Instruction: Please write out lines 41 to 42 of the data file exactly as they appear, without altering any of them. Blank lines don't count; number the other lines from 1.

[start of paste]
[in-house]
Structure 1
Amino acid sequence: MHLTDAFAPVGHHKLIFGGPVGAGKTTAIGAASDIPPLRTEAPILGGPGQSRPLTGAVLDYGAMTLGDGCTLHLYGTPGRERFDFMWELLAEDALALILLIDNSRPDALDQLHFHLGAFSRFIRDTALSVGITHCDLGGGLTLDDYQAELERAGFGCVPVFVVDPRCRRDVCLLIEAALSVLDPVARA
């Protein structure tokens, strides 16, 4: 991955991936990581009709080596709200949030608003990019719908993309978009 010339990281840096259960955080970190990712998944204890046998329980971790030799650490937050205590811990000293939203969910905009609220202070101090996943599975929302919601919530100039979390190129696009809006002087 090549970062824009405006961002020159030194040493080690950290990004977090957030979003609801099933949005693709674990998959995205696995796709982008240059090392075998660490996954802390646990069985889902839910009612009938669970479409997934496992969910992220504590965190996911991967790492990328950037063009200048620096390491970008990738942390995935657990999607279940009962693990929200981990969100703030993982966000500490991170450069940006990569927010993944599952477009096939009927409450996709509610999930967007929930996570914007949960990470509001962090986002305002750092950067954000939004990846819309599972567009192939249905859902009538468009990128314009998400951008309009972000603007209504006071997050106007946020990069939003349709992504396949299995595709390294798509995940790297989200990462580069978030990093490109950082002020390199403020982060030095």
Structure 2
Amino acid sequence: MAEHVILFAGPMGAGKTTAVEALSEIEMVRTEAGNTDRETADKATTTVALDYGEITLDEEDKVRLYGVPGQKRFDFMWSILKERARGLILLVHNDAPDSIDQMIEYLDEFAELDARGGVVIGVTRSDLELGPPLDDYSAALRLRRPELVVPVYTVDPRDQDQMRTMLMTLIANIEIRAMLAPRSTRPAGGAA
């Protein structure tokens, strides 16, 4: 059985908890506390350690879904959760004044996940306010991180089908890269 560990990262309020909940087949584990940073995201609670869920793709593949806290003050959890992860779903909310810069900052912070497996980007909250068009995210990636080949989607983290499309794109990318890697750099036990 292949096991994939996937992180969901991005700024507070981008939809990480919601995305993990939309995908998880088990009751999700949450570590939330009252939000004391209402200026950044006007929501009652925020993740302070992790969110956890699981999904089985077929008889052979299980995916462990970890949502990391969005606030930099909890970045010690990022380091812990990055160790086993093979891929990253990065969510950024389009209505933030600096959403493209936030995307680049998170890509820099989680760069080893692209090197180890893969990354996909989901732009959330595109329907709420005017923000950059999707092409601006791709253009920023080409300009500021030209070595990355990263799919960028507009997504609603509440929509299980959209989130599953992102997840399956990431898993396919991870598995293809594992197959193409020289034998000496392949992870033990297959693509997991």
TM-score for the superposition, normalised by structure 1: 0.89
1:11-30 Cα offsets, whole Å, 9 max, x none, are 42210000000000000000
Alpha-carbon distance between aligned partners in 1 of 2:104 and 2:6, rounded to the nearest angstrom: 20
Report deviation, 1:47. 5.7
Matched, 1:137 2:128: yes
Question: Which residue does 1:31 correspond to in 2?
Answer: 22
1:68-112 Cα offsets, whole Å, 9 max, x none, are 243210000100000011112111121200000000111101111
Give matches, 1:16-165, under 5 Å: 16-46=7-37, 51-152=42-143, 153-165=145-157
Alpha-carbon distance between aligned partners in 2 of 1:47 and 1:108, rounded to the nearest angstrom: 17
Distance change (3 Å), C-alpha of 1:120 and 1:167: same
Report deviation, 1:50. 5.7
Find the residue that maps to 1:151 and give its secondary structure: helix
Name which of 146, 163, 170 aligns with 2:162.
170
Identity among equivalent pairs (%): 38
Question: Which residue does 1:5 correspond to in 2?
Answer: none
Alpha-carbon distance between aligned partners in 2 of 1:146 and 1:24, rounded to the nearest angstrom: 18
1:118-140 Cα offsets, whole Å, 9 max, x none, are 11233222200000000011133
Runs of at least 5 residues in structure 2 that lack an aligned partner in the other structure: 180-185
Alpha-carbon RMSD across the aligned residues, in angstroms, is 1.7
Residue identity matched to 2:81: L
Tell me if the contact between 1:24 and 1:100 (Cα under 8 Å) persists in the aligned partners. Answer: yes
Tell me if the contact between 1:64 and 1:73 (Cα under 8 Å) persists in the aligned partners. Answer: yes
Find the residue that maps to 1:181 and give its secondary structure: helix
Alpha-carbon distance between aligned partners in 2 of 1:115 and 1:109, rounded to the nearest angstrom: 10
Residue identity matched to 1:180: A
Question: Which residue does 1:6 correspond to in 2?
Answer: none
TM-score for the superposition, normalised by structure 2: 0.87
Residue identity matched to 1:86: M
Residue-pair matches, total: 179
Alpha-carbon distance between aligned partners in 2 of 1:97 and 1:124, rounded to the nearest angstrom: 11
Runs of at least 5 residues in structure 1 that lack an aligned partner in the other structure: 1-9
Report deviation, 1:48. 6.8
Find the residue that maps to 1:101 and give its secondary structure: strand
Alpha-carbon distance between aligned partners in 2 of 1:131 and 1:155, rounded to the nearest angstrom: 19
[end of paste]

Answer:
Alpha-carbon distance between aligned partners in 2 of 1:97 and 1:124, rounded to the nearest angstrom: 11
Runs of at least 5 residues in structure 1 that lack an aligned partner in the other structure: 1-9